Member area login
You don't have or don't remember the password!
Click Here
Editor-in-chief
Maria Stella Graziani

Deputy Director
Martina Zaninotto

Associate Editors
Ferruccio Ceriotti
Davide Giavarina
Bruna Lo Sasso
Giampaolo Merlini
Martina Montagnana
Andrea Mosca
Paola Pezzati
Rossella Tomaiuolo
Matteo Vidali

EIC Assistant
Francesco Busardò

International Advisory Board Khosrow Adeli Canada
Sergio Bernardini Italy
Marcello Ciaccio Italy
Eleftherios Diamandis Canada
Philippe Gillery France
Kjell Grankvist Sweden
Hans Jacobs The Netherlands
Eric Kilpatrick UK
Magdalena Krintus Poland
Giuseppe Lippi Italy
Mario Plebani Italy
Sverre Sandberg Norway
Ana-Maria Simundic Croatia
Tommaso Trenti Italy
Cas Weykamp The Netherlands
Maria Willrich USA
Paul Yip Canada


Publisher
Biomedia srl
Via L. Temolo 4, 20126 Milano

Responsible Editor
Giuseppe Agosta

Editorial Secretary
Chiara Riva
Biomedia srl
Via L. Temolo 4, 20126 Milano
Tel. 0245498282
email: biochimica.clinica@sibioc.it

--------------------

ISSN print: 0393 – 0564
ISSN digital: 0392- 7091



BC: Articoli scritti da S. Altinier

Sindrome POEMS: “Hevylite” e “Freelite” a confronto
POEMS syndrome: Heavy Light Chains vs Free Light Chains measurements
<p>POEMS syndrome is a rare paraneoplastic, multisystemic, plasma cell discrasia characterized by Polyneuropathy, Organomegaly, Endocrinopathy, Monoclonal gammopathy and Skin changes. Most patients have high serum free light chains (sFLC) concentrations but a normal sFLC ratio. Hevylite (HLC) is a new method that allows separated quantification of the serum k and l bounded levels of the six isotype specific immunoglobulins. In this study HLC and sFLC were measured in serum samples during the follow up of two patients with POEMS syndrome. The HLC ratio of the involved monoclonal immunoglobulin could provide additional information to assess residual disease, allowing&nbsp; detection of relapse earlier than clinical symptoms in patients with POEMS syndrome.</p>
Biochimica Clinica ; 40(1) e1-e3
Casi clinici - Case report
 
Riscontro occasionale di una condizione emolitica mediante la determinazione di HbA1c in elettroforesi capillare
Casual finding of a hemolytic condition through the determination of HbA1c by capillary electrophoresis.
<p>HbA1c is a major hemoglobin characterized by nonenzymatic binding of glucose to the N-terminal valine residue of the hemoglobin &beta;-chain, which reflects average glucose levels during the erythrocyte lifespan. This test has been recommended for diabetes monitoring and even for diagnosis, as well as in assessing the risk for chronic complications in diabetic patients. Therefore, an accurate measurement of HbA1c is extremely important. However, the reliability of HbA1c is impaired in certain clinical conditions, such as hemolytic anemia, blood transfusion, renal disease, and pregnancy, that increase the erythrocyte turnover or reduce its lifespan. We report the case of a 38-years-old woman with previous history of high fasting plasma glucose level who underwent routine laboratory assessment. The analysis of HbA1c by capillary electrophoresis (CE) showed an atypical profile with a clear presence of abnormal hemoglobin that did not allow to obtain a reliable result for HbA1c. The same sample analyzed by HPLC showed, the presence of an abnormal Hb and obtained a different result for HbA1c. Subsequently, the analysis of hemoglobin fractions in CE (using Hemoglobin kit- Sebia) confirmed an atypical profile with the presence of an abnormal hemoglobin peak (27.3%) in the &ldquo;zone Z15&rdquo; and low HbA2 (0.5%). The molecular investigation of the globin genes highlighted the presence of three mutations of the &alpha;-genes compatible with HbH disease. The HbH disease is responsible for a hemolytic condition that is associated with reduced erythrocyte survival, making it impossible to use HbA1c for diagnosis and monitoring the glycemic status in this patient. The use of separative technologies, such as CE and HPLC, has been useful to detect a thalassemic defect, which must be reported to allow correct diagnostic conclusions. In this condition, the introduction of alternative biomarkers like glycated albumin (GA) is thought to be more reliable than HbA1c, since GA values are not influenced by the modifications of the erythrocyte lifespan.</p>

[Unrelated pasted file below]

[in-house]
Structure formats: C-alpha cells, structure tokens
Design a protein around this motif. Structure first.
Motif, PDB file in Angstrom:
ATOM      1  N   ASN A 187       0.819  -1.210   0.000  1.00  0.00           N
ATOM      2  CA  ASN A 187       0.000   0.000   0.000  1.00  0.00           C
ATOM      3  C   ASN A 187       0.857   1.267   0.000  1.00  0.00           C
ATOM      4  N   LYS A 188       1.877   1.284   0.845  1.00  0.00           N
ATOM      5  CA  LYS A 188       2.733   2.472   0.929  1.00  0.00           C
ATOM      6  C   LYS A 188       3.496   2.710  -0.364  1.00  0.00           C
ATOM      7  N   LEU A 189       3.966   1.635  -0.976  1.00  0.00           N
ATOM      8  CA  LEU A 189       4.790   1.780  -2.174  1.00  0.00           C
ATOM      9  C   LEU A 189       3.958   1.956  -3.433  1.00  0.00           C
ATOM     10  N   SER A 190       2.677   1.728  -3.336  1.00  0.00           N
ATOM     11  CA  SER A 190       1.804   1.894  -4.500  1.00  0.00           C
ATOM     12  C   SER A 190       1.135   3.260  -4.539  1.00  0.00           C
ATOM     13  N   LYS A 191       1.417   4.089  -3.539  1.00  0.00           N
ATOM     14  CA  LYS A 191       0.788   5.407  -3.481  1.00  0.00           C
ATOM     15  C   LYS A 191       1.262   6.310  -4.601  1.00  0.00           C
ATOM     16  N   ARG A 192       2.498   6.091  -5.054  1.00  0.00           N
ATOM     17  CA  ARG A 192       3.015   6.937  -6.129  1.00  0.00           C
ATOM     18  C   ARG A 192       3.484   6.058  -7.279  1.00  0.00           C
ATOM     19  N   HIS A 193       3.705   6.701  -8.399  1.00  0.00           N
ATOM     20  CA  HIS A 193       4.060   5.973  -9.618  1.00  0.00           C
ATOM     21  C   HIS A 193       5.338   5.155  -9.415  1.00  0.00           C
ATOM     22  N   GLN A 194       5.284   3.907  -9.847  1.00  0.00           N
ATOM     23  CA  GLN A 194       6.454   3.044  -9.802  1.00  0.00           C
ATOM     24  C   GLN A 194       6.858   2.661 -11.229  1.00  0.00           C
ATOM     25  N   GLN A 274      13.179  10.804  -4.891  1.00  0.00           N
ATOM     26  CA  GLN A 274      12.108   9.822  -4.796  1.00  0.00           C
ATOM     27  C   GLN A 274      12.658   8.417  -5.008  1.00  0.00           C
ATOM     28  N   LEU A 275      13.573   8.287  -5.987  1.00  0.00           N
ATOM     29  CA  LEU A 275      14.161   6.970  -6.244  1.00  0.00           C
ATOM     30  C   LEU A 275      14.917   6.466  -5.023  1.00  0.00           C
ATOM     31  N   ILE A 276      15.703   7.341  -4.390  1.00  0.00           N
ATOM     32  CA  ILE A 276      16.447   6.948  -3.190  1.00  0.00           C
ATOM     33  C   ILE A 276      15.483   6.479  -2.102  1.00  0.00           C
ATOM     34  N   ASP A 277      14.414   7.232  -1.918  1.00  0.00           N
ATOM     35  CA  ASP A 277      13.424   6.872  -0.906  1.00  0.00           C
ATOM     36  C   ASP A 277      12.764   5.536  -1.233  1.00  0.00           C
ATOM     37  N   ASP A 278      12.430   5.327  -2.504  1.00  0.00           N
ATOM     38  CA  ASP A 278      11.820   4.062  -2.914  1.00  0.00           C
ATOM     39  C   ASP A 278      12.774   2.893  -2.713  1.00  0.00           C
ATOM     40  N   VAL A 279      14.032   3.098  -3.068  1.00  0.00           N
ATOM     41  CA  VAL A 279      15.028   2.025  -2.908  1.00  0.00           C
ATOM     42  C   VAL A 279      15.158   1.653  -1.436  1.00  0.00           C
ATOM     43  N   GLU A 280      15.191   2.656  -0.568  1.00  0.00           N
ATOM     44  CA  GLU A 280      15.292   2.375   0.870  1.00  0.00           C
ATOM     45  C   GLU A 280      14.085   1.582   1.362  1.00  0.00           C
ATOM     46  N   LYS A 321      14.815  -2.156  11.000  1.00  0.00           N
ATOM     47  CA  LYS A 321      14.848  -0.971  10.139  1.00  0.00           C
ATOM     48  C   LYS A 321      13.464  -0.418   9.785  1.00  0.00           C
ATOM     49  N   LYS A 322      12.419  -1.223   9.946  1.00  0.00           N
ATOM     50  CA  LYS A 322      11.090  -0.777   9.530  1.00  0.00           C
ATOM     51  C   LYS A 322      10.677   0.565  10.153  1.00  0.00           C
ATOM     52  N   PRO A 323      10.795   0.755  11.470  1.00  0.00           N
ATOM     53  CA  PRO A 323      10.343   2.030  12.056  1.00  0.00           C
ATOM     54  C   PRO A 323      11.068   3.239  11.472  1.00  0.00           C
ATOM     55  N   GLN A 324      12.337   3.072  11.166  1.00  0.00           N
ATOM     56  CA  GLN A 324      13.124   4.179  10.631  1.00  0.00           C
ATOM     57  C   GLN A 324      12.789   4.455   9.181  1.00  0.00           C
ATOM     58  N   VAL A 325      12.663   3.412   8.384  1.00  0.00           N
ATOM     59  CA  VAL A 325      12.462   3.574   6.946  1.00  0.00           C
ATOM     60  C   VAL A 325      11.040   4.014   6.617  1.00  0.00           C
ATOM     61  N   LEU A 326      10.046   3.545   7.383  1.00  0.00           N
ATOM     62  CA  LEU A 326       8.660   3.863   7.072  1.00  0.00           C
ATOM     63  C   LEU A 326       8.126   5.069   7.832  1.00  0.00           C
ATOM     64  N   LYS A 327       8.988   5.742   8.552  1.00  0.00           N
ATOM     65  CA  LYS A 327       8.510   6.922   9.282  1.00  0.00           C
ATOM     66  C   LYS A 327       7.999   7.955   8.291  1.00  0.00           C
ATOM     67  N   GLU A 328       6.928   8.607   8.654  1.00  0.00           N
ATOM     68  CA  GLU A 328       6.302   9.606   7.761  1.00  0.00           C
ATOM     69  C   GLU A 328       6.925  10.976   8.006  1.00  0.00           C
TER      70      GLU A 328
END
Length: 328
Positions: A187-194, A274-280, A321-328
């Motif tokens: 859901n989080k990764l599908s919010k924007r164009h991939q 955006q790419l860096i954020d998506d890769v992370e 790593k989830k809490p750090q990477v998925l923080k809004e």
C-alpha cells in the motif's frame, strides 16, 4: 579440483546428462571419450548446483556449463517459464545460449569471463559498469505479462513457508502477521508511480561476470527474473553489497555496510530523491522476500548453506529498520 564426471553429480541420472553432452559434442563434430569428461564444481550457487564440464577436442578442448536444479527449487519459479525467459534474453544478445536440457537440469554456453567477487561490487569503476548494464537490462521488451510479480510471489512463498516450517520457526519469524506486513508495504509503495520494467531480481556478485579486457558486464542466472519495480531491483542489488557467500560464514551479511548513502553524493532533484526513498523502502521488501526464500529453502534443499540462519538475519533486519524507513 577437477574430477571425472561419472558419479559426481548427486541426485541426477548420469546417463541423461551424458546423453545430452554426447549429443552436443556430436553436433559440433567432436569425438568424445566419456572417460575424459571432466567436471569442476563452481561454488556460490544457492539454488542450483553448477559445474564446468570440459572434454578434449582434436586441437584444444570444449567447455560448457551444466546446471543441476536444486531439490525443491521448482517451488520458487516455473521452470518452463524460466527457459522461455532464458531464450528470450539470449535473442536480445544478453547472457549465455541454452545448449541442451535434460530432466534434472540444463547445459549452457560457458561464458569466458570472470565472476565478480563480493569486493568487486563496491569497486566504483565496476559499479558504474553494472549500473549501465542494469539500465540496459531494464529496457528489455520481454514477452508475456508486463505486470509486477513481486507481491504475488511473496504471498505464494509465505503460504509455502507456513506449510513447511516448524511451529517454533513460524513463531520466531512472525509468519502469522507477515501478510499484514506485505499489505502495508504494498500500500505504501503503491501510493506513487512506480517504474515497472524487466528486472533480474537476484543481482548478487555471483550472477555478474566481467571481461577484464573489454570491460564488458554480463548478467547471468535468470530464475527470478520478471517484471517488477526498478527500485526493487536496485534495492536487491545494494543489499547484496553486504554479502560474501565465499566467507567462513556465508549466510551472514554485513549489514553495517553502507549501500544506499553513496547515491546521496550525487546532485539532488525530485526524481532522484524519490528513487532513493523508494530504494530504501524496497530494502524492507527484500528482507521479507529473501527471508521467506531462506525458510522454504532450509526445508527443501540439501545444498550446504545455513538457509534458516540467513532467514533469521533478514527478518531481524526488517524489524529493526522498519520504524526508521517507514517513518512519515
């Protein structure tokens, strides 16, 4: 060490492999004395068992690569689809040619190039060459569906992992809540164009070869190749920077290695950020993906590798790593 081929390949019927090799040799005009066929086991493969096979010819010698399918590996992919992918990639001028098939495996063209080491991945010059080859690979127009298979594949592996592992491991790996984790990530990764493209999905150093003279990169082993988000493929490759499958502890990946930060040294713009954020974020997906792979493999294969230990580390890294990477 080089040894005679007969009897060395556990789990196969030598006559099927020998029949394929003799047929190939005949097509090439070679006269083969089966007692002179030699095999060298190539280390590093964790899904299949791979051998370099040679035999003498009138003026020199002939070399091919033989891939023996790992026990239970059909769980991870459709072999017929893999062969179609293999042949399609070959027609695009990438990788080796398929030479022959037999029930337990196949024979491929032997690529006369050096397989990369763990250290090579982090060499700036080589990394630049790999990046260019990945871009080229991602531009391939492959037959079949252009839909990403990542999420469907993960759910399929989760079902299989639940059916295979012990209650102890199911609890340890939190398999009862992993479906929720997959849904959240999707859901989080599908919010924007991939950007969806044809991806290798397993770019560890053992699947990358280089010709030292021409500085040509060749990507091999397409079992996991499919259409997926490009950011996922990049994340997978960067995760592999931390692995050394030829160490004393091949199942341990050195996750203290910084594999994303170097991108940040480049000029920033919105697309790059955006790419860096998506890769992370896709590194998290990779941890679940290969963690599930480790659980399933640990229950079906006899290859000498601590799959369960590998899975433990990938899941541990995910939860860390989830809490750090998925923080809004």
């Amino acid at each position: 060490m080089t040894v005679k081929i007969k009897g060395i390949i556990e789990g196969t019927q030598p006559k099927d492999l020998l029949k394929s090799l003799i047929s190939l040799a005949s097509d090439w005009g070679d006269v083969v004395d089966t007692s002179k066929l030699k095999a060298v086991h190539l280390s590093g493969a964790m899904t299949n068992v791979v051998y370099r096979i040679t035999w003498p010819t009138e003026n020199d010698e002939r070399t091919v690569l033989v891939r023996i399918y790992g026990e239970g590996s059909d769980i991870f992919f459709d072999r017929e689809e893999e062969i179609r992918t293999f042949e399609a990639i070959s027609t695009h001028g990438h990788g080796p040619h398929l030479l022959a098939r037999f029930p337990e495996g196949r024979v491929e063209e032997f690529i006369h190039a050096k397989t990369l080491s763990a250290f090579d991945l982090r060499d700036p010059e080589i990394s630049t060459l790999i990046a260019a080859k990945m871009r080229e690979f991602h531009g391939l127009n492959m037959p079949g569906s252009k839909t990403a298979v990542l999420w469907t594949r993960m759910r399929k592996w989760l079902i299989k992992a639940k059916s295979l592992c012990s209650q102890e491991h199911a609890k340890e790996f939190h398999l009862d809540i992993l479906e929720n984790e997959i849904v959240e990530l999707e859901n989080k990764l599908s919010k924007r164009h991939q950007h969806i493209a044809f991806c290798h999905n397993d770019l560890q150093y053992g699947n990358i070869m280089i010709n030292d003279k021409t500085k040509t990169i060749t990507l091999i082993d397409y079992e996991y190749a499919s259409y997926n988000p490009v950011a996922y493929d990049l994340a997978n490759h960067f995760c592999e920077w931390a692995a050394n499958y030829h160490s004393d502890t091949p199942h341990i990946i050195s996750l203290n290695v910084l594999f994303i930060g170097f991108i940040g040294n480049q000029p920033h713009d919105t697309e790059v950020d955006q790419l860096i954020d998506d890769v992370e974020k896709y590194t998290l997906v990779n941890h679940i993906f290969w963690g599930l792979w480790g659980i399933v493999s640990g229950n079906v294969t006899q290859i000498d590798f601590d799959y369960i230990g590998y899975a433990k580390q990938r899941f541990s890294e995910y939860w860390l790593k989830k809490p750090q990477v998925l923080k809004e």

Biochimica Clinica ; 17(1)
Casi Clinici - Case Report